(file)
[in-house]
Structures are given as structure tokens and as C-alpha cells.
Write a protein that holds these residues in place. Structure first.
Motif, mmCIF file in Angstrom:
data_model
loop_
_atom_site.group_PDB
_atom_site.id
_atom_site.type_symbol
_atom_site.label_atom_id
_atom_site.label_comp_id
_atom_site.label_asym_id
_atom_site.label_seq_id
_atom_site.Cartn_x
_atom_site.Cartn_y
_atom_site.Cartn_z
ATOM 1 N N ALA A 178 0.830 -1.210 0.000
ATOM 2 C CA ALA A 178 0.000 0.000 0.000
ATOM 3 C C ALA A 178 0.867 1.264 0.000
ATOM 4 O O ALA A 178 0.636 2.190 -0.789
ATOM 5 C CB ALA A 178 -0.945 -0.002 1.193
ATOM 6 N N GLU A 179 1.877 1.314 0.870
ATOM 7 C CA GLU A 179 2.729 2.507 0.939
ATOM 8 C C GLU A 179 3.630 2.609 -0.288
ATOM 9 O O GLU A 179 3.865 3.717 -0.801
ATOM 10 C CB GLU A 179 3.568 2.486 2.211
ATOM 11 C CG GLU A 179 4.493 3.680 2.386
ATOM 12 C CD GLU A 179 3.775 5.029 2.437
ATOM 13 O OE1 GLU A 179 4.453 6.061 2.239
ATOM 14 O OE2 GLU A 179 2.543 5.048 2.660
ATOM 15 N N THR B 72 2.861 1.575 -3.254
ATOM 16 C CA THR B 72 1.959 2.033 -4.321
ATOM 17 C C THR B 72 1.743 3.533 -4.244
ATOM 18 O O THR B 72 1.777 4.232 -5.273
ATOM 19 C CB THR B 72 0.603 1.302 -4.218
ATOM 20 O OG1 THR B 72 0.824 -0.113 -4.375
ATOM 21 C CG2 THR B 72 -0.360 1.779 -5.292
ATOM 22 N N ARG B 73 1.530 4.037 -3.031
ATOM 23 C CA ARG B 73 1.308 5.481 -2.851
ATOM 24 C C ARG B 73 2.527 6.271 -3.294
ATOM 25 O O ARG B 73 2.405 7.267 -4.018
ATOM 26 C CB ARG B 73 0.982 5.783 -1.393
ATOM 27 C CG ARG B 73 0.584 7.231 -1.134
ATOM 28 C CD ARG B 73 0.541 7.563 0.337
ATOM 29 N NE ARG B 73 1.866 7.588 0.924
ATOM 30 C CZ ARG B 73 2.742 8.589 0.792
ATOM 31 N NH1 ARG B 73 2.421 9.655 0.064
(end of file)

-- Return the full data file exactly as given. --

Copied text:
[in-house]
Structures are given as structure tokens and as C-alpha cells.
Write a protein that holds these residues in place. Structure first.
Motif, mmCIF file in Angstrom:
data_model
loop_
_atom_site.group_PDB
_atom_site.id
_atom_site.type_symbol
_atom_site.label_atom_id
_atom_site.label_comp_id
_atom_site.label_asym_id
_atom_site.label_seq_id
_atom_site.Cartn_x
_atom_site.Cartn_y
_atom_site.Cartn_z
ATOM 1 N N ALA A 178 0.830 -1.210 0.000
ATOM 2 C CA ALA A 178 0.000 0.000 0.000
ATOM 3 C C ALA A 178 0.867 1.264 0.000
ATOM 4 O O ALA A 178 0.636 2.190 -0.789
ATOM 5 C CB ALA A 178 -0.945 -0.002 1.193
ATOM 6 N N GLU A 179 1.877 1.314 0.870
ATOM 7 C CA GLU A 179 2.729 2.507 0.939
ATOM 8 C C GLU A 179 3.630 2.609 -0.288
ATOM 9 O O GLU A 179 3.865 3.717 -0.801
ATOM 10 C CB GLU A 179 3.568 2.486 2.211
ATOM 11 C CG GLU A 179 4.493 3.680 2.386
ATOM 12 C CD GLU A 179 3.775 5.029 2.437
ATOM 13 O OE1 GLU A 179 4.453 6.061 2.239
ATOM 14 O OE2 GLU A 179 2.543 5.048 2.660
ATOM 15 N N THR B 72 2.861 1.575 -3.254
ATOM 16 C CA THR B 72 1.959 2.033 -4.321
ATOM 17 C C THR B 72 1.743 3.533 -4.244
ATOM 18 O O THR B 72 1.777 4.232 -5.273
ATOM 19 C CB THR B 72 0.603 1.302 -4.218
ATOM 20 O OG1 THR B 72 0.824 -0.113 -4.375
ATOM 21 C CG2 THR B 72 -0.360 1.779 -5.292
ATOM 22 N N ARG B 73 1.530 4.037 -3.031
ATOM 23 C CA ARG B 73 1.308 5.481 -2.851
ATOM 24 C C ARG B 73 2.527 6.271 -3.294
ATOM 25 O O ARG B 73 2.405 7.267 -4.018
ATOM 26 C CB ARG B 73 0.982 5.783 -1.393
ATOM 27 C CG ARG B 73 0.584 7.231 -1.134
ATOM 28 C CD ARG B 73 0.541 7.563 0.337
ATOM 29 N NE ARG B 73 1.866 7.588 0.924
ATOM 30 C CZ ARG B 73 2.742 8.589 0.792
ATOM 31 N NH1 ARG B 73 2.421 9.655 0.064